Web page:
Whoo hoo! Just one more day, and I’ll be making my 100th post and doing a giveaway. I’m making apple butter as I type… I just had a warm apple and peanut butter sandwich. Yum, yum. Organic apples, organic sugar… and processed with lots of love. Come by on Saturday and leave a comment on that post for a chance to win a jar of apple butter!
One of the folks who stopped by recently (Kana – Hi Kana! You should check out her blog, I love her writing style) describes herself as a “book-dragon, because bookworm doesn’t cover it.” I heart this description so much I can’t even begin to express it.
Book dragon. What a perfect way to describe how I devour books. I tear through them and sink my teeth into them with little provocation. (I read Name of the Wind in 48 hours and laughed when I read the review that said it wasn’t weekend reading.) Some books become old friends and I read them 8 or 20 times until I dream their plots and have to wait for a while to turn the page to a surprise again. Of course, the best books continue to surprise me, because I didn’t notice that the clue was right there all the time or a secondary character suddenly has a much larger role than I ever realized.
Some books, though… oh dear. Some books become the object of my fiery wrath and I tear into them mercilessly, eviscerating the plot and rending characters. Sadly, this often seems to be with books that other people love. Those people call me overly picky. I call myself discerning.
For a little while I tried to keep a book review site, but the rate at which I read books actually makes it a little difficult to keep up with writing about them.
Anyway. The POINT of this little diatribe was to talk about an article I read recently in one of those women’s magazines. (I go for an allergy shot once a week and it’s a good way to keep my mind off the itching and swelling… ) Apparently, psychologists are seeing a trend that involves Edward. Yes. That one. The one from Twilight. Women are coming in and complaining that they wish their lover was more like him… and it’s sort of an issue. You know. Cause he’s a VAMPIRE. And not real. But that’s beside the point.
Ahem. If you like Twilight, stop reading now. I mean it. I fall squarely in the middle of the Twilight hating camp. The difference between me and most haters is I have read Twilight and I know its weaknesses instead of hating on something that I’ve never cracked open. Oh yes. All four books. I was very bored at the time. This is my excuse.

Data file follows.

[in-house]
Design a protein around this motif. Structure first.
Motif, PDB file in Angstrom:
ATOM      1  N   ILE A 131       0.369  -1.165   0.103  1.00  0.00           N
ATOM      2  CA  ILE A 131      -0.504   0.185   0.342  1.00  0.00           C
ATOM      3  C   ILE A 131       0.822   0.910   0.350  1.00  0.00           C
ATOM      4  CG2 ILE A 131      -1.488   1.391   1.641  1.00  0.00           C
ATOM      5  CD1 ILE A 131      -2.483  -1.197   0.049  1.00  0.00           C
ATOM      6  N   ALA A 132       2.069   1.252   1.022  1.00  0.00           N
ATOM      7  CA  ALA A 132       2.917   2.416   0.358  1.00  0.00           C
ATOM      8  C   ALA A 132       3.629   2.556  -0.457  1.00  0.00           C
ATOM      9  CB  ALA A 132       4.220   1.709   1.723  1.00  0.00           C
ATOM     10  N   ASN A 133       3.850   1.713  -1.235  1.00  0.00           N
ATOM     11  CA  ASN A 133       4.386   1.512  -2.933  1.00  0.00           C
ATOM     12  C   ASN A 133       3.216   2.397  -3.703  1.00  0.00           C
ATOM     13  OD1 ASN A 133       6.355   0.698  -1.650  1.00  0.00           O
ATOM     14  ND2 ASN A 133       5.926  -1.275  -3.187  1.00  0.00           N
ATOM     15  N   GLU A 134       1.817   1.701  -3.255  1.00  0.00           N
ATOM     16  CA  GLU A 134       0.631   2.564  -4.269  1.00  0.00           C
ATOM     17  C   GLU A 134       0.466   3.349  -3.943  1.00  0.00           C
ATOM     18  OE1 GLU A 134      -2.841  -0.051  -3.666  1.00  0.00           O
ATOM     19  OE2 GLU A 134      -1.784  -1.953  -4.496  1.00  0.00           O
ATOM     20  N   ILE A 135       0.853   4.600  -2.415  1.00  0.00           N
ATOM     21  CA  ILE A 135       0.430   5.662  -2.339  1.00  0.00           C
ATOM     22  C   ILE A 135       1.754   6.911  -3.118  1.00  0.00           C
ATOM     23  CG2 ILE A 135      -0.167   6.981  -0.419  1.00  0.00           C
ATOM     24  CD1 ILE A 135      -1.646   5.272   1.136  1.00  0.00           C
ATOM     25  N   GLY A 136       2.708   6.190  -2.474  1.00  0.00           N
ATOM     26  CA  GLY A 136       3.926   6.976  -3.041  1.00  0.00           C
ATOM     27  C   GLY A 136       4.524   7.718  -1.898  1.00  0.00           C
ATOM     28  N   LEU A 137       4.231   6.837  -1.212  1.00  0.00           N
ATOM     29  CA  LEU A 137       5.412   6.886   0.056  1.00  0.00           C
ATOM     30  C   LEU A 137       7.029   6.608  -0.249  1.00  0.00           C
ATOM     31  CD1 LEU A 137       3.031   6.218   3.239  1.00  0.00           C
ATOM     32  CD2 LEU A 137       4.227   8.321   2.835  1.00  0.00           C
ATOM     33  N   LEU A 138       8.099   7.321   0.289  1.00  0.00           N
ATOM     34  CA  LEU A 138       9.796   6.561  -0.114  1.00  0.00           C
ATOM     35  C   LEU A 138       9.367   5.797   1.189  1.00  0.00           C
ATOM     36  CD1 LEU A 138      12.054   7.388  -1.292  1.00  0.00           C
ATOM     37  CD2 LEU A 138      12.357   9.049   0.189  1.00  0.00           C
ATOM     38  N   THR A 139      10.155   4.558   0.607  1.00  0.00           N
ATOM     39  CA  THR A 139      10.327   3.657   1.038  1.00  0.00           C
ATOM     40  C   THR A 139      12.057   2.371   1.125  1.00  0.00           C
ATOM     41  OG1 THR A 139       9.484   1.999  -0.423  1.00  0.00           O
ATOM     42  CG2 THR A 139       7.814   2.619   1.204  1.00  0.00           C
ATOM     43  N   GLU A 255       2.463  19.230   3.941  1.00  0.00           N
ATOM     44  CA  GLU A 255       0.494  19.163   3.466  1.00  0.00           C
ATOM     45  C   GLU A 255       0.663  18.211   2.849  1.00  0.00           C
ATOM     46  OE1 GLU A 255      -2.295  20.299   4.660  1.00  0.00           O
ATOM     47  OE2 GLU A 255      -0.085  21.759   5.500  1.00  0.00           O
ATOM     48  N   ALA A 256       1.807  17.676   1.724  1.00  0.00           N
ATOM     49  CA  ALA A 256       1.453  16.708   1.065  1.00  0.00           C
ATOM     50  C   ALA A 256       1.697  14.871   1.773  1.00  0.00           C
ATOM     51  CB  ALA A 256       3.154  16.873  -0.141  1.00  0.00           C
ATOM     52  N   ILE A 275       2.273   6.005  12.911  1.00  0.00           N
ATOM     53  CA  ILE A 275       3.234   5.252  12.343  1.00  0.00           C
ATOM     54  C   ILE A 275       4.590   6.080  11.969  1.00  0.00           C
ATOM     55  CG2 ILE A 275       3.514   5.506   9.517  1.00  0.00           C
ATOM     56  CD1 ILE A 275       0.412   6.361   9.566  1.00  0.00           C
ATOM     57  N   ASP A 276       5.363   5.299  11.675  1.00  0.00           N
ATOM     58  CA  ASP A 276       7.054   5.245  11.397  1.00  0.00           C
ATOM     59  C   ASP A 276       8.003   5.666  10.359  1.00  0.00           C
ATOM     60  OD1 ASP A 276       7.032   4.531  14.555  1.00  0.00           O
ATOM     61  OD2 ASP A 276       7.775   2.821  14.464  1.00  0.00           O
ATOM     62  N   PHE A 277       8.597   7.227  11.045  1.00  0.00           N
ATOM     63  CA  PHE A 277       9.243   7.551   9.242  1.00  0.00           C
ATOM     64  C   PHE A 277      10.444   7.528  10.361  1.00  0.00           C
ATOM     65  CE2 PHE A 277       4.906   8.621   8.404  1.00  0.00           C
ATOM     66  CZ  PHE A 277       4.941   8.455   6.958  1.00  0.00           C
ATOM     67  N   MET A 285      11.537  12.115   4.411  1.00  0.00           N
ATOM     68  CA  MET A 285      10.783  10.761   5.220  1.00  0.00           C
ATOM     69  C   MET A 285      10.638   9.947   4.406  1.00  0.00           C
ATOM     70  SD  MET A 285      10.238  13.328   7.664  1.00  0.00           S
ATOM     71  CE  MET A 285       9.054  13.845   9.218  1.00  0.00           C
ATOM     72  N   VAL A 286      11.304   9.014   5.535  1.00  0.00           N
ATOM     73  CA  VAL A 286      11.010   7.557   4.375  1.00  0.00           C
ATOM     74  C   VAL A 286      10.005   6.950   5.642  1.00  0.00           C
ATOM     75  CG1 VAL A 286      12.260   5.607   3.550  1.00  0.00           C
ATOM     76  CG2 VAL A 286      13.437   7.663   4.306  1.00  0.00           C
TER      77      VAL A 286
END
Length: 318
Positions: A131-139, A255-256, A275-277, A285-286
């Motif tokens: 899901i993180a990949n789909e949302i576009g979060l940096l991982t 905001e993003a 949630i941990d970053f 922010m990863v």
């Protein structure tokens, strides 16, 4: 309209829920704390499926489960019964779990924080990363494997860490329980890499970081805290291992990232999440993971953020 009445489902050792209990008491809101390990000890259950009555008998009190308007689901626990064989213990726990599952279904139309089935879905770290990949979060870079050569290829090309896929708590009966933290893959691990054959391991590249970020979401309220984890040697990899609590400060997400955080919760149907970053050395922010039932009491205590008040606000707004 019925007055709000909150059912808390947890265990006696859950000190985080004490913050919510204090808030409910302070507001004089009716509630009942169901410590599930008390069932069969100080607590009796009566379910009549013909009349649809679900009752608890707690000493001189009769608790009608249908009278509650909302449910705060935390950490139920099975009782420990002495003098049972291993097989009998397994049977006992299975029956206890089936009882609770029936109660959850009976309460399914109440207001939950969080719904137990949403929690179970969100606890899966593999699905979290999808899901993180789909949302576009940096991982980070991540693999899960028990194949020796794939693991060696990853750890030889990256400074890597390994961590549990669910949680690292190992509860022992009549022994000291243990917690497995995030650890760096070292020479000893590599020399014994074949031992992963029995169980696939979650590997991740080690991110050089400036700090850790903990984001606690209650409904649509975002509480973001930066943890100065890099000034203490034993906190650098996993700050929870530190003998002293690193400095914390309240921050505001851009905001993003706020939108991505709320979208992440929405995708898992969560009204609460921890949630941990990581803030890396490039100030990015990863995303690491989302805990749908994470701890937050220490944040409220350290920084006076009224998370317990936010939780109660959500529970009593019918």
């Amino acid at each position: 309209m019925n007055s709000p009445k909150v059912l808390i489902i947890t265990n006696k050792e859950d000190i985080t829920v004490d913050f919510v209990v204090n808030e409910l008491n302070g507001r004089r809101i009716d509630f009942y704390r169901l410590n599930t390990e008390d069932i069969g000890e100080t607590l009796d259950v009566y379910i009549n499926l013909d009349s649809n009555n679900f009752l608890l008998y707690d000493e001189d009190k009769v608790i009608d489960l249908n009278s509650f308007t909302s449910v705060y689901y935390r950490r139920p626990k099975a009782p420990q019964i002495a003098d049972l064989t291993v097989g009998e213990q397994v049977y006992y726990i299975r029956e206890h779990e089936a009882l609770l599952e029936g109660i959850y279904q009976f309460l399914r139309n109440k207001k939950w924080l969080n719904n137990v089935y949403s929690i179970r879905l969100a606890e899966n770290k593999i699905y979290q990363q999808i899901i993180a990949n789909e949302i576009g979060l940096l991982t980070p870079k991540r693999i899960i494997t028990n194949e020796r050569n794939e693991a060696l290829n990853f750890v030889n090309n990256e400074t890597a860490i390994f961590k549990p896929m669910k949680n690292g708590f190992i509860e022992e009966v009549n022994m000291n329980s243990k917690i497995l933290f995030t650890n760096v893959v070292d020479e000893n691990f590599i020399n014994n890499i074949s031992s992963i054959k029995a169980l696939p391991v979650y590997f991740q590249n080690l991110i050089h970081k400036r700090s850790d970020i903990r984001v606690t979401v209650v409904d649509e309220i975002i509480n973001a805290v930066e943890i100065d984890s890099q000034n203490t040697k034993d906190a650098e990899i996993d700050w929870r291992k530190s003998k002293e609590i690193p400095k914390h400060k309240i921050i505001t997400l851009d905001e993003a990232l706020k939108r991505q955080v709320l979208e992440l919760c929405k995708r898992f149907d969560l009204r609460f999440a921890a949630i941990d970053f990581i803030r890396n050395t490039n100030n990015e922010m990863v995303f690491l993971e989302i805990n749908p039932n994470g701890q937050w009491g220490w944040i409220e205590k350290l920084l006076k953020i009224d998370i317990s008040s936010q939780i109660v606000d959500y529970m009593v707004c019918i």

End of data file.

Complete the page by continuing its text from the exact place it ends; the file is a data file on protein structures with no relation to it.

So please. Stop now. Because I like having readers and I don’t want to offend you. Kay? I’ll write about something fluffy and fun tomorrow.
Are you gone?
Okay… My main beef with Twilight is not that it’s about vampires or even that it’s a piece of poorly written tween twaddle that never should have seen the underside of a printing plate… My problem is control. Edward is an insipid, self-righteous controlling twit who CONTROLS Bella’s behavior… to the point of KIDNAPPING her when he doesn’t want her to hang out with Jacob. Who is, by the way, is a loyal werewolf who wouldn’t let anything hurt her… and who ISN’T a vampire just barely restraining himself from having a Bella Bloody Mary. Ick.
I have lived that. I have seen that. And it is not pretty. It is not romantic. It is not love. And it is awful that such a relationship has taken the world by storm as a romantic love story that should withstand the ages. If I have a little girl who decides to read Twilight, she and I are going to sit down and have a good long talk about what the relationship in those books actually represent.
If someone is going to pick a controlling nutcase, can’t they at least pick Mr. Rochester? At least he’s interesting. And he’s HUMAN. Which ultimately, I’m thinking, counts for a lot. 😉
Okay, diatribe over. What’s your take on romantic relationships in novels? Are there any that you just truly detest?